Greetings from Durham, North Carolina!
As the Project Director for the Out in the South Initiative I have had a great time getting to know many of you over the past two months.
I’m excited about the opportunity to make a meaningful impact on the lives of LGBTQ Southerners through this work. As a young person growing up in rural southern Louisiana, I could not have imagined the possibilities before me to be able to support in the communities I care so much about. I’m grateful for this opportunity and appreciate the thoughtful work that preceded me.
As I’ve been getting settled in my new role, I’ve been reminded of the importance of telling our stories. In particular, I’ve been thinking about how we tell stories about how change happens – change within ourselves and our communities. As you know, the LGBTQ rights movement has seen significant positive change in recent years, but many of these positive changes are not fully realized for Southerners and are often experienced in the form of backlash and greater hostility within the places where we live.
At the heart of our work with the Out in the South Initiative, we are asking people to change how they tell and understand their own stories and the stories they tell about their communities. We are asking people to understand the stories about their communities in a different way, in a more honest way that is inclusive of the experience of LGBTQ people in the South. In doing so, we can change the way Southern communities define the boundaries of their connections along lines of difference and find common cause with others committed to creating new, different and honest stories about how change happens in the South.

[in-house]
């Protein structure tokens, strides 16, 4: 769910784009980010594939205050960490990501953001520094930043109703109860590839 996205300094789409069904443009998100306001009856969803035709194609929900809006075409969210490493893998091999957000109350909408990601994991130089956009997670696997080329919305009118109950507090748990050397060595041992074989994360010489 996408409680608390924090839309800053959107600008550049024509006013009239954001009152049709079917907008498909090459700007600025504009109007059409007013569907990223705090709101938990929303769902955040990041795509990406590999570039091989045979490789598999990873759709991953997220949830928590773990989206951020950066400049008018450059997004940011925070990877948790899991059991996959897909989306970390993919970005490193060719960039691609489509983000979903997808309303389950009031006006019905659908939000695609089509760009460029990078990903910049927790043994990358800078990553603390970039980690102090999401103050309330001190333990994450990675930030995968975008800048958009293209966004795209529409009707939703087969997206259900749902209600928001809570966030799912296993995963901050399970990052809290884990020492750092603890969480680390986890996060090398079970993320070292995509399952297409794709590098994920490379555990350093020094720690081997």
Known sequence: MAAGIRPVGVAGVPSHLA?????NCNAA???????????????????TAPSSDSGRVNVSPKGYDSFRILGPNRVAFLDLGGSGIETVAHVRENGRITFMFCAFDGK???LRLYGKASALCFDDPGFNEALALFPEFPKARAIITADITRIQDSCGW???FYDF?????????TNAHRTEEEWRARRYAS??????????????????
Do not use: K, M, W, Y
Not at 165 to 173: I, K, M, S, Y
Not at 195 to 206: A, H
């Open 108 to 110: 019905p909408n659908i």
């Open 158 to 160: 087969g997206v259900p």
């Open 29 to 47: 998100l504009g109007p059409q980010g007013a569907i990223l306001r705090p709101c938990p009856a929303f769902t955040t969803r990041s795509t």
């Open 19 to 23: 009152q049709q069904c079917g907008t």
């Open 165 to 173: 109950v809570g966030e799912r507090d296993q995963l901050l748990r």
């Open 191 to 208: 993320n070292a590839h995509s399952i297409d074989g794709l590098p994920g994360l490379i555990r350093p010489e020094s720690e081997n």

As we begin rolling out programming for the Out in the South Initiative during the next couple months we will be focused on the following:
This work will be done with guidance from our Steering Committee which is made up of Southern and national funders who are committed to making change in the South. The Steering Committee is a stellar team made up of Meg Coward (Laughing Gull Foundation), Roz Lee (Arcus Foundation), Tim Sweeney (Freeman Foundation), Brad Clark (Gill Foundation) and Alfredo Cruz (Foundation for Louisiana).
As a way to kick off this work and continue building relationships with funders and movement leaders throughout the South, I am embarking on a road trip this week through six Southern communities including Atlanta, Birmingham, Jackson, Hattiesburg, New Orleans and Jacksonville. I will be connecting with funders and movement leaders to explore what it takes to increase resources for great Southern LGBTQ work. I will be connecting with Grantmakers for Southern Progress, Southeastern Council of Foundations, The Community Foundation of Greater Birmingham, Foundation for Louisiana and the Community Foundation for Northeast Florida.
I will return from this road trip with a better understanding about how these communities are moving this work forward locally and will have plenty of good stories to tell! Look for these “Dispatches from Durham” in Qnotes to stay updated on our progress in the South.
All my best,
P.S. If you’re interested in joining our Out in the South Network, please contact me at <ahref=mailto:[email protected]>[email protected] The Out in the South Network is for funder representatives who would like to have conversations with each other, to learn more about how Southern LGBT populations and issues intersect with their own funding priorities, and to share experiences and best practices.